Scientific feuds from Galileo to the Human Genome Project

Scientific feuds from Galileo to the Human Genome Project

Joel Levy

London, UK: New Holland 2010 | 224pp | ?17.99 (HB)

ISBN 9781847735140

Reviewed by John Anderson


It is well known that many fields of human progress have seen feuds and controversies, involving major protagonists, and do not feature people happily sharing results and bouncing ideas off each other. 

Such feuds have featured in the past in a series of books by Hal Hellmann - Great feuds in science  (1998), Great feuds in medicine  (2001) and Great feuds in mathematics (2006); and, by Patrick Coffey, Cathedrals of science: the personalities and rivalries that made modern chemistry, the last example featuring long-standing feuds surrounding the physical chemist Gilbert Lewis. 

Not all controversy is bad, of course, and although some of the personal feuds described in this book resulted in the demise of one or other party, some rivalries stimulated thinking and even accelerated progress in research.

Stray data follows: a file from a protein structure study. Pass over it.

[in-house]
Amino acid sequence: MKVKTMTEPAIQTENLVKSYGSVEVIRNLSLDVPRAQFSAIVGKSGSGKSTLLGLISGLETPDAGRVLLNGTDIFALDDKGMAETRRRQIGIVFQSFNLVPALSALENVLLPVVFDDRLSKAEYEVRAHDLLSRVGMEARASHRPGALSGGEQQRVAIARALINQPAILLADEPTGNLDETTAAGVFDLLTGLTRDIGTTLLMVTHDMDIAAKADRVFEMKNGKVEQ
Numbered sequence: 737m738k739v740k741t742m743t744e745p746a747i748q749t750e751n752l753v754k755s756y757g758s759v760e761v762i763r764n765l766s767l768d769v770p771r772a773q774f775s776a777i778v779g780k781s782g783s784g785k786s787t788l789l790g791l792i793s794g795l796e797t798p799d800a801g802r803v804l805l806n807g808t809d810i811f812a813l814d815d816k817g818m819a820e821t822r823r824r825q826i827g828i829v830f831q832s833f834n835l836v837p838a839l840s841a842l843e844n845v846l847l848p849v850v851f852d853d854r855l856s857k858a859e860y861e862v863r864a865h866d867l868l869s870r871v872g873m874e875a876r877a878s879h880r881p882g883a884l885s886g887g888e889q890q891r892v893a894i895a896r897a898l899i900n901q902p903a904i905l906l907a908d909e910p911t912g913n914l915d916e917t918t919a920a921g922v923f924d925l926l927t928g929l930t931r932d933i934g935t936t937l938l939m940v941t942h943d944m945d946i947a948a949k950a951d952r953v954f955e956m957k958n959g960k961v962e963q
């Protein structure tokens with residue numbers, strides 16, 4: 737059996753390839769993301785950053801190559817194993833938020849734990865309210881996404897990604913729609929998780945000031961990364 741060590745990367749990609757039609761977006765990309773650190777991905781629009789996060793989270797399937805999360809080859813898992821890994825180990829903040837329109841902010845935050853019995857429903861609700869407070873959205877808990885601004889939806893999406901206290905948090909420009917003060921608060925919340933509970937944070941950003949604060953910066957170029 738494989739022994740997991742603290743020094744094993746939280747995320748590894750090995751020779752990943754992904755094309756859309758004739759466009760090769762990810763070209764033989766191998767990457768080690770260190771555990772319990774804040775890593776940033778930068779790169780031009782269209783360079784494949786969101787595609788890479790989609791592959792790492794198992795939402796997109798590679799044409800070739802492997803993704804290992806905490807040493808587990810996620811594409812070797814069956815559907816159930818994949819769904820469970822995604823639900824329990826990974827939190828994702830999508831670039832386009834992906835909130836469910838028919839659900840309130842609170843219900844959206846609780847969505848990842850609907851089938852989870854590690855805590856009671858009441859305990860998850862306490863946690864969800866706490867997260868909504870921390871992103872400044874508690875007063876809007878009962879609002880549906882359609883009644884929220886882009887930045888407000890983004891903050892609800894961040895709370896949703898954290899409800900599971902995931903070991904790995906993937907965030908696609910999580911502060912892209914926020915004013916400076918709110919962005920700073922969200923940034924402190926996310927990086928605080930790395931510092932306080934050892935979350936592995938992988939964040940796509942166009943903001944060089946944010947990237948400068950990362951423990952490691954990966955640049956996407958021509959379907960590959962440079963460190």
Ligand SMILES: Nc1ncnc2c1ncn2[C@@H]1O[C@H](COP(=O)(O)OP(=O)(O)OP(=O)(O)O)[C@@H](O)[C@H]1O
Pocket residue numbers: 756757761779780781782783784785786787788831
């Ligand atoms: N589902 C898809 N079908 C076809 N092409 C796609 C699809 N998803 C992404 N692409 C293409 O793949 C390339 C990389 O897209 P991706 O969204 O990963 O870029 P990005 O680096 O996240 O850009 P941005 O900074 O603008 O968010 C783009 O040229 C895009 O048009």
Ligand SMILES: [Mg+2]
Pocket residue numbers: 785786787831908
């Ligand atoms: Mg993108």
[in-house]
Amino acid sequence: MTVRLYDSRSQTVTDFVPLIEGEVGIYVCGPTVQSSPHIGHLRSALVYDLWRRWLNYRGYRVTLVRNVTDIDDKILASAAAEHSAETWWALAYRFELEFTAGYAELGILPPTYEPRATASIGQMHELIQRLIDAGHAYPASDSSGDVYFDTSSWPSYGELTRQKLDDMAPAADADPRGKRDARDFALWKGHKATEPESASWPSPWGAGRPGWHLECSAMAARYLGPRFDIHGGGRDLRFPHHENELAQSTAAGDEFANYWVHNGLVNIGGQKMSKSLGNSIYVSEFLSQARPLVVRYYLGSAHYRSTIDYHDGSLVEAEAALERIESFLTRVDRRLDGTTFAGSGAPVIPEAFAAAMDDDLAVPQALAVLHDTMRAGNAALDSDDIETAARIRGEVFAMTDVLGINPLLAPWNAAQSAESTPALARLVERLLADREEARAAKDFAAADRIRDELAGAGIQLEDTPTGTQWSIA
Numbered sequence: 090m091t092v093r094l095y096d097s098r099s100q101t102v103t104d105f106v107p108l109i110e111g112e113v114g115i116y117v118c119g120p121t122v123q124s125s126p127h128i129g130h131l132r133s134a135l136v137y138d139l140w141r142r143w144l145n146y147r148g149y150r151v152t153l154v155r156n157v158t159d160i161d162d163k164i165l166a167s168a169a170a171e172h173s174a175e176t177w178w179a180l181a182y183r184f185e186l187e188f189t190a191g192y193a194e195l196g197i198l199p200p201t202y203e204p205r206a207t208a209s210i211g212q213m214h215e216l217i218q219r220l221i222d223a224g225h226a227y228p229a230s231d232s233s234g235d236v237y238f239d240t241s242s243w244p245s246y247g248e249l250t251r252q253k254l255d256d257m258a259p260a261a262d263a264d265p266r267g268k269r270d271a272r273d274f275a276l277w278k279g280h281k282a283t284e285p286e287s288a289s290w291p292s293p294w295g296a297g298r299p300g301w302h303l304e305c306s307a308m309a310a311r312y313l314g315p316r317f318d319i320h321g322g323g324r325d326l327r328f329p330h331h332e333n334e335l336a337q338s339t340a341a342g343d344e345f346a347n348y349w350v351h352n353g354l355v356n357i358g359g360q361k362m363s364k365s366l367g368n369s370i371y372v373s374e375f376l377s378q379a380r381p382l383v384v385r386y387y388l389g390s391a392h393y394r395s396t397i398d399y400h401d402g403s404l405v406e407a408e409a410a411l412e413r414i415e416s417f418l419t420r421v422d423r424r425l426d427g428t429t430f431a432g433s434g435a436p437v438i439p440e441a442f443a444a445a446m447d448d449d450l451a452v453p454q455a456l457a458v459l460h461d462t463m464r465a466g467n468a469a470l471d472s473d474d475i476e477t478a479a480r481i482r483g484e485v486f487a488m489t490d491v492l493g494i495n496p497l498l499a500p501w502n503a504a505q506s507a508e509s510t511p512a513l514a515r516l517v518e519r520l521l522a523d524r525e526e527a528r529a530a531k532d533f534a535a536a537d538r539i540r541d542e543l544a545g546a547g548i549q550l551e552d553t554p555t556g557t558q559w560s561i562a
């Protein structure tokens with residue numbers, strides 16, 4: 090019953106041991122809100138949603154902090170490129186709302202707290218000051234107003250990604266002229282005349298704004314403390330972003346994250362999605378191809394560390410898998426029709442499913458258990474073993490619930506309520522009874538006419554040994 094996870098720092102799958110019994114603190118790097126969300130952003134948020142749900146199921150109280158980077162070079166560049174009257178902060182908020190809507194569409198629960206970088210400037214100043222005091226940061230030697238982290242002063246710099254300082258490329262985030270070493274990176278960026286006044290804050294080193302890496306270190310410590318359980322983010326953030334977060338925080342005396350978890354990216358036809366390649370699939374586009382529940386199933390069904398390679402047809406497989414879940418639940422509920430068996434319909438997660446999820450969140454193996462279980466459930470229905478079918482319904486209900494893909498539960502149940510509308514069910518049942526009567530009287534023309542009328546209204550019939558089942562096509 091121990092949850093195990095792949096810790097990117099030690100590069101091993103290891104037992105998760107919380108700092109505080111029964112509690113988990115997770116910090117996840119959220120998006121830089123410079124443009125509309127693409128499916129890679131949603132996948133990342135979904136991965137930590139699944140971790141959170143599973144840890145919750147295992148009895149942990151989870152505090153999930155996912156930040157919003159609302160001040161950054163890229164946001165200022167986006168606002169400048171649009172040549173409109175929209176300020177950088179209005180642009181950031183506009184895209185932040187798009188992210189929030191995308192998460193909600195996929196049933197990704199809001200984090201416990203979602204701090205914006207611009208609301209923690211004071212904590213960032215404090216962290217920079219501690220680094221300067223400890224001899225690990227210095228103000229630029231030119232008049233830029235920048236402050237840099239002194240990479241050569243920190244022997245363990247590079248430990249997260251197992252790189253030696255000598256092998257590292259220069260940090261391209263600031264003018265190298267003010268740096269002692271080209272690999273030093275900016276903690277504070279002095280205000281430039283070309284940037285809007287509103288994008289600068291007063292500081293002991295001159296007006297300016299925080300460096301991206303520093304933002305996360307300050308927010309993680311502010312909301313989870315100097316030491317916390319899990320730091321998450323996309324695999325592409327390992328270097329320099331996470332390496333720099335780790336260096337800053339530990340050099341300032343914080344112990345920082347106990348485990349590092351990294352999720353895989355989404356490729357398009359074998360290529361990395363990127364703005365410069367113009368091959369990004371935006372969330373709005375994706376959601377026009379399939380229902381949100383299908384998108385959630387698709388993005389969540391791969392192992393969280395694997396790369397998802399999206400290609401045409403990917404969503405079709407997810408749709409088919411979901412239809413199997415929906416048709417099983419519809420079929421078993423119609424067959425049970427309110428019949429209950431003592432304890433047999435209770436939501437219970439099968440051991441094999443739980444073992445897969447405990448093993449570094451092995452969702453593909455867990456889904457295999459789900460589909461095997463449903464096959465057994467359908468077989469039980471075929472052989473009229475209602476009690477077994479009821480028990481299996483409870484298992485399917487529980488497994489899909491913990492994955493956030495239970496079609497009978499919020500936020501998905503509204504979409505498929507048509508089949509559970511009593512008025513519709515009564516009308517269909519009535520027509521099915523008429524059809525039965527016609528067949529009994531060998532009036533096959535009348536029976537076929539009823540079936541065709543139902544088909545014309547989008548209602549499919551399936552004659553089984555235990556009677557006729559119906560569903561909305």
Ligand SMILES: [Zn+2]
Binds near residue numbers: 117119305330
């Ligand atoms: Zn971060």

Scientific feuds  is split into sections dealing with: earth sciences (for example Kelvin vs Lyell, and Darwin vs Huxley over the age of the earth); evolution and palaeobiology (for example Leakey vs Johanson over the identity of hominid remains); biology and medicine (for example Franklin vs Wilkins during the race to unlock the secrets of DNA structure, and Venter vs the Human Genome Project); and finally physics, astronomy and maths (for example Tesla vs Edison over the war of the currents). 

Scientific feuds  is obviously intended for a mass market with its large print and colourful (though somewhat dated) design, but it does describe many of the major scientific controversies in history and outlines the cut and thrust of the disputed issues in illuminating detail. Together with good photographs, quotations from original sources, fact boxes and timelines, this book is both enjoyable and informative. 

To round it off, there are feature articles on a series of related topics, like science and the media, science and politics, science and the church, and wagers in science and fraud in science, illustrating the complexities of the environment in which scientists have to operate.